Post the release of Himmatwala, a film which I voraciously wrote about here, a welcome speculation has been born. On the Wednesday of its first week, many cinephiles shared a picture of the largely famous Chandan Cinema in Juhu, Mumbai where it showed that the theater was running 3 shows of Aatma and 2 shows of Rangrezz, both released a week earlier to Himmatwala. For anyone who has seen Sajid Khan talk in any interview, such as the one here, will be doggedly led to believe atleast two things. One, that the guy definitely has the knowledge to make good cinema but appallingly chooses not to, and two, his love for the single screens across the country, specially gathering the reactions of his audience from the aforesaid Chandan cinema. Khan claims to have a defiant understanding of this section of the audience, a section which is also the majority. What then could be the bitter reason for Chandan to pull down his latest release with much alacrity?
"I am a safe filmmaker. When I write a story, I feel that there are some points which bring in nostalgia. I don't want to experiment. I am making films for the audience. My films have been super hits and I always knew that I will make a super hit film. I don't think it is overconfidence," this is what Sajid Khan said in a recent interview. Himmatwala teetered to a domestic net figure of approximately Rs 45 Crores in its first week, a number well below its bloated projections. Can Khan's claims of providing every actor his biggest hit to date still hold, considering Devgn has Son of Sardaar, Bol Bachchan and Singham up his sleeve? Can his hackneyed confidence still justify this performance from his challenges? Well, we can leave the guy alone to re-evaluate his films and come back stronger. But the Box Office today is hinting on something that is well beyond the agreeable commercial under-performance of Himmatwala.
Much of our industry still equates good box office to good audience likability. In 2012, films like Kahaani, Paan Singh Tomar, Oh My God and Vicky Donor did the kind of business that a lot of star vehicles would have hoped for. Despite most of these films opening bitterly low, the word of mouth drove them endured them through weeks to posit them as formidable successes at the Box Office. In 2013, we have been stormed by a string of such successes already, led by Special 26 and Kai Po Che amongst others. None of these can boast of a grandstanding star value, belonging to a common mainstream genre or having a rage of a music album. Vidya Balan and Akshay Kumar may be stars but their films above were not driven on their outreach. As for Vicky Donor, even Pani Da Rang became so widely accepted post its release. Much to the aphrodisiacal pleasure of the minority audience, there seems to be a burgeoning ray of acceptance for the change of our content paradigm. More good films are emerging from brutal burdens of the mainstream to discover audience likability, earn some bucks and please the critics too.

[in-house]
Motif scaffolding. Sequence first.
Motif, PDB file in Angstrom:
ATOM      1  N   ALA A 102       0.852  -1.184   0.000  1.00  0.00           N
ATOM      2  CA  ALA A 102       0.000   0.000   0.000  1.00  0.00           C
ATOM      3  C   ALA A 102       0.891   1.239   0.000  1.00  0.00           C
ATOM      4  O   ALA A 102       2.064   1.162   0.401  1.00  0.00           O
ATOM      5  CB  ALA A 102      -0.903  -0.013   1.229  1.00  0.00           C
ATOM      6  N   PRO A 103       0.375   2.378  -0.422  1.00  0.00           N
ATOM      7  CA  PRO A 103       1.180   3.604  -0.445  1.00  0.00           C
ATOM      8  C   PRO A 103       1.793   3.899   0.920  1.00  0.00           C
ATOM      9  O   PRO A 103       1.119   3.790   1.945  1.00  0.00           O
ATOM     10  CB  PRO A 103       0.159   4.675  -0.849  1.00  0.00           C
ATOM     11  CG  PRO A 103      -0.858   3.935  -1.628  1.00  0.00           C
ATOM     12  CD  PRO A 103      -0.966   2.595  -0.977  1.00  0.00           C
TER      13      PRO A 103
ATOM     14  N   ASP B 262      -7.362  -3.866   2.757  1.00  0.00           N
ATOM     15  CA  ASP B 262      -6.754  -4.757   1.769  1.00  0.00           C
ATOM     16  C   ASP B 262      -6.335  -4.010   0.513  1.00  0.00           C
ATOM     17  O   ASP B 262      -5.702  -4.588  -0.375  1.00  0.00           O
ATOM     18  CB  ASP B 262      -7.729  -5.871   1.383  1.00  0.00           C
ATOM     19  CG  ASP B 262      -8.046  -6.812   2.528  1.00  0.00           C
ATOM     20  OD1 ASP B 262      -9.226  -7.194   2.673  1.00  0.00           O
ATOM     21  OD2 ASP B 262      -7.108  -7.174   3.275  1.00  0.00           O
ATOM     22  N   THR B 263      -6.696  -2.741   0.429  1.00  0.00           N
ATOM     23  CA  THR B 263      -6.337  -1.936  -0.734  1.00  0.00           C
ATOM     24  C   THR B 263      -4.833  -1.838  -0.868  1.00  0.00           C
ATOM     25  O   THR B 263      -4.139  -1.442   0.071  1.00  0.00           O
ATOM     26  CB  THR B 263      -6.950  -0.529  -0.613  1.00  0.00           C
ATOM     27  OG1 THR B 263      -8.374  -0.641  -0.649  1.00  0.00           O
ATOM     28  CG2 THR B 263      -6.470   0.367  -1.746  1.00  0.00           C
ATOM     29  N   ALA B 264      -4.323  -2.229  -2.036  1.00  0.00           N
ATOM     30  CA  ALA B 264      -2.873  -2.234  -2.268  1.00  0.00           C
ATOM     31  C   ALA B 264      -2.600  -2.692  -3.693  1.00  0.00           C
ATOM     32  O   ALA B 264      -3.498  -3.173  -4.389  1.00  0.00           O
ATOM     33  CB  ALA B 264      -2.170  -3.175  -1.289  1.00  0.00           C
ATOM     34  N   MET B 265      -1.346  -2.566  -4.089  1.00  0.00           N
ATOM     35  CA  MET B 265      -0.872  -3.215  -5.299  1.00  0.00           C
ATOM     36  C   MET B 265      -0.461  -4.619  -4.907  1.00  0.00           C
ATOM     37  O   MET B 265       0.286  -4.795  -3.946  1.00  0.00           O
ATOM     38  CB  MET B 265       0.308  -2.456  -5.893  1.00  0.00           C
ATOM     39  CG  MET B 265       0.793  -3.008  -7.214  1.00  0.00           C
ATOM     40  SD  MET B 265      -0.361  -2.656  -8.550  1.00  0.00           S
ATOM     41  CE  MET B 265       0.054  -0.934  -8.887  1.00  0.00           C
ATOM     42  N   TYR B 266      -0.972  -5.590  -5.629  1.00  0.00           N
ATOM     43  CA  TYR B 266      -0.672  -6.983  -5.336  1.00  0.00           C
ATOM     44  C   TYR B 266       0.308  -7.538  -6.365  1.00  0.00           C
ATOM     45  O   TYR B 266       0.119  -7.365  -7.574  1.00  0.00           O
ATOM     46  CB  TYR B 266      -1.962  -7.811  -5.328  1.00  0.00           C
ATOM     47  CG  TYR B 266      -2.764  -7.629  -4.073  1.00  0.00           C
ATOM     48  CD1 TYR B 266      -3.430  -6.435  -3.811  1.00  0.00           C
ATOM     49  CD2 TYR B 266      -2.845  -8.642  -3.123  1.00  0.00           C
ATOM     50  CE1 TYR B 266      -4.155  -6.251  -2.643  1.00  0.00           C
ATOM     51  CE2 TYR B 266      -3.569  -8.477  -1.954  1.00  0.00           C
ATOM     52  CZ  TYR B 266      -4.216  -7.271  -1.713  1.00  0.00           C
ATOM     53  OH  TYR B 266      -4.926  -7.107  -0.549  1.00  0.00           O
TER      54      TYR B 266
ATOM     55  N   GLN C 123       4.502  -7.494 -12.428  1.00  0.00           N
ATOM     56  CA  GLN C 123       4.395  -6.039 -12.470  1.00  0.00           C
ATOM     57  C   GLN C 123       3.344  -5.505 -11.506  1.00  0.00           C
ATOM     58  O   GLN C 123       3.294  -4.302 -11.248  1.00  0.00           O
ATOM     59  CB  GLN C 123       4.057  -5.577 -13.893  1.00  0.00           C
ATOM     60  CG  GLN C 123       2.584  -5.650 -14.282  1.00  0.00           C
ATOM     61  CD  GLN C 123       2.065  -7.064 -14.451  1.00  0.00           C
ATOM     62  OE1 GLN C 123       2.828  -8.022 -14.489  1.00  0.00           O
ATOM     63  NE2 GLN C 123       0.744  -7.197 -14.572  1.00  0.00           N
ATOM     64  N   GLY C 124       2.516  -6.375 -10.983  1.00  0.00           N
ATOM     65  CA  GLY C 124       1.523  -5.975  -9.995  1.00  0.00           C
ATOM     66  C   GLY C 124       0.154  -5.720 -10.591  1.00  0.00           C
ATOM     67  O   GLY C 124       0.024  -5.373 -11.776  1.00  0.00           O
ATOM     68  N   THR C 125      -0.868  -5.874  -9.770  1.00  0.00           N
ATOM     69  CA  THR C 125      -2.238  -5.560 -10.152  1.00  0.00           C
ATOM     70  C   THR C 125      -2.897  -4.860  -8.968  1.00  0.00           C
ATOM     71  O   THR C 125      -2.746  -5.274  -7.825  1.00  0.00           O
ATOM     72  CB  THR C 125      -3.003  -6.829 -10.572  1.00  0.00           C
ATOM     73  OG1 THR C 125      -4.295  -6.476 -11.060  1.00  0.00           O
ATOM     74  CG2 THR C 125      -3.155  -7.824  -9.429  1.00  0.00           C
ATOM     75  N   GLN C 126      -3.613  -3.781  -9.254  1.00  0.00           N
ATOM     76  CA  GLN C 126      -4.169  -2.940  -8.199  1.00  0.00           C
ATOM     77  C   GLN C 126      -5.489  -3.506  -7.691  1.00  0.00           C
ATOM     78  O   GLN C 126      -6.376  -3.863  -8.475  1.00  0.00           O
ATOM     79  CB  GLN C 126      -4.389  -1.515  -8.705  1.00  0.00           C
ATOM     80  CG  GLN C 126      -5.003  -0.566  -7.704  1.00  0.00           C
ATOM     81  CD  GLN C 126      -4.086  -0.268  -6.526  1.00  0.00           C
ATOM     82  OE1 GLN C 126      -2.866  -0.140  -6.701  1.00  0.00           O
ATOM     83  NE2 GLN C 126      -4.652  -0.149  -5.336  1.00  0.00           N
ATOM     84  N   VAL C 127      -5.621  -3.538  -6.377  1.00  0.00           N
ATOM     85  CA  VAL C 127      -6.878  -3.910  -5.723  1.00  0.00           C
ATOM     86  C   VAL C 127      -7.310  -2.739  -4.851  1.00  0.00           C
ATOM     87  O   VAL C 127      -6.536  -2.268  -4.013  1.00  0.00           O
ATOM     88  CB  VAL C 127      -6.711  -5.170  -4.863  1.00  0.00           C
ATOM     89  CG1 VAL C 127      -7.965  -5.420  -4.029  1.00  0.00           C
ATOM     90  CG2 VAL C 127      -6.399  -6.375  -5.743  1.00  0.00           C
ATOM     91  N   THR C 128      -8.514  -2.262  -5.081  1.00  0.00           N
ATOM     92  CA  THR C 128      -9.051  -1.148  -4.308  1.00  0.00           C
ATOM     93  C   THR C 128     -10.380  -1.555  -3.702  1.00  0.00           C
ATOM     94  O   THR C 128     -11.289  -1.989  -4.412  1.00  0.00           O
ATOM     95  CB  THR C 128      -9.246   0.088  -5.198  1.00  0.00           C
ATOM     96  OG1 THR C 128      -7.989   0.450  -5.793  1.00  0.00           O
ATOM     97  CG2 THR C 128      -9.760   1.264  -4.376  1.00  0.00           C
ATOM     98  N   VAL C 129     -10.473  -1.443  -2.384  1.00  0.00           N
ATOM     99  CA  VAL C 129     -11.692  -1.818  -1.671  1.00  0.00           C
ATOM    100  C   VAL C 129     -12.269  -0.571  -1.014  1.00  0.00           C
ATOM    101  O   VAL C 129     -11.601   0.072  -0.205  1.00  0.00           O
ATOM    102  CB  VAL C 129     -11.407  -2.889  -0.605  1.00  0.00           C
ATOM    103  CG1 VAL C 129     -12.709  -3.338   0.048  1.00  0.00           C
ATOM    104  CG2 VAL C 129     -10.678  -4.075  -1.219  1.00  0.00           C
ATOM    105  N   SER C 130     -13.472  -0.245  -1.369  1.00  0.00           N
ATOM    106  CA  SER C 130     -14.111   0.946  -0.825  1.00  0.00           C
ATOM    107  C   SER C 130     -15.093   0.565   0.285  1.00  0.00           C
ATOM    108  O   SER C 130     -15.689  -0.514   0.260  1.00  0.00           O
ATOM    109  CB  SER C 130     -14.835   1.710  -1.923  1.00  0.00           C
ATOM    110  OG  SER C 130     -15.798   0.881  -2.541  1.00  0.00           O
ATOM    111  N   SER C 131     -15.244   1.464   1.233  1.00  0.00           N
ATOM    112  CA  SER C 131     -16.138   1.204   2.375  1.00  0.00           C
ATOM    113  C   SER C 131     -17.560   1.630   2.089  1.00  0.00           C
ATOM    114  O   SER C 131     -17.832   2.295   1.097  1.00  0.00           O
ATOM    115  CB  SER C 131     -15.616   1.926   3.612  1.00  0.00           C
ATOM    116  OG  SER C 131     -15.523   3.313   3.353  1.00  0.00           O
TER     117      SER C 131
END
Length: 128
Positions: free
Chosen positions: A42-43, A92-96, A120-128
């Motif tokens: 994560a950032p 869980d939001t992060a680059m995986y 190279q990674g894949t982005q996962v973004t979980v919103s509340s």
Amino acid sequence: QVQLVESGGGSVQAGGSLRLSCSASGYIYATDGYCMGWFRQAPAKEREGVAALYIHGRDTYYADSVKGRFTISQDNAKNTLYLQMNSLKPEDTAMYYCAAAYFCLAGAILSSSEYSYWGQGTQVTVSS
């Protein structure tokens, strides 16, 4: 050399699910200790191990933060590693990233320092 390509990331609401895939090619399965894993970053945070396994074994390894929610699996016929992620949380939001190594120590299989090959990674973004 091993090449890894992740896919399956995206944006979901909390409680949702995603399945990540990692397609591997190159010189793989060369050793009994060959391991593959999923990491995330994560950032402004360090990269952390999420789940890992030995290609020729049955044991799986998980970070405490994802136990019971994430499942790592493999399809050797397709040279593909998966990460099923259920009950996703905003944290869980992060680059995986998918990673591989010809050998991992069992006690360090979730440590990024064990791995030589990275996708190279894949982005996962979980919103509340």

But that was not enough. More significantly, we are seeing a broader fatigue on the other end of this spectrum. The mainstream star cash-cows are not as successful as they were for the first half of 2012, at least. Rowdy Rathore, released in June 2012, grossed approximately Rs.133Cr to become the third highest grosser of the year. But later that year, Son of Sardaar dipped to being the tenth highest grosser and Khiladi 786 did not even feature in the top 10. This year, Himmatwala should be out of the top grossers most positively. While Dabangg 2, released in December 2012, was the second highest grosser of the year, it still barely managed to top the success of its prequel, a mark it should have left far behind. But with growing business, if these films merely hit the ceilings set by the ones in their genre against the content-based films, we are surely about to witness a magnified form of this fatigue.
We, as an audience, have brought about this miniscule change and should continue to do so. Just off the top of my head, mainstream Hollywood has not doled out one single delectable affair since January and we already have a few to count. The year is wide open and we have a number of releases lined up, but the Box Office looks brim with content based propositions. 2013 will be the testing year for the flag-bearers of the 100Cr club and I wonder who will be the filmmakers standing on the stage at the end of the year waiting to be honored to have crossed this farce of a benchmark. Sigh!
Originally published for MadAboutMoviez here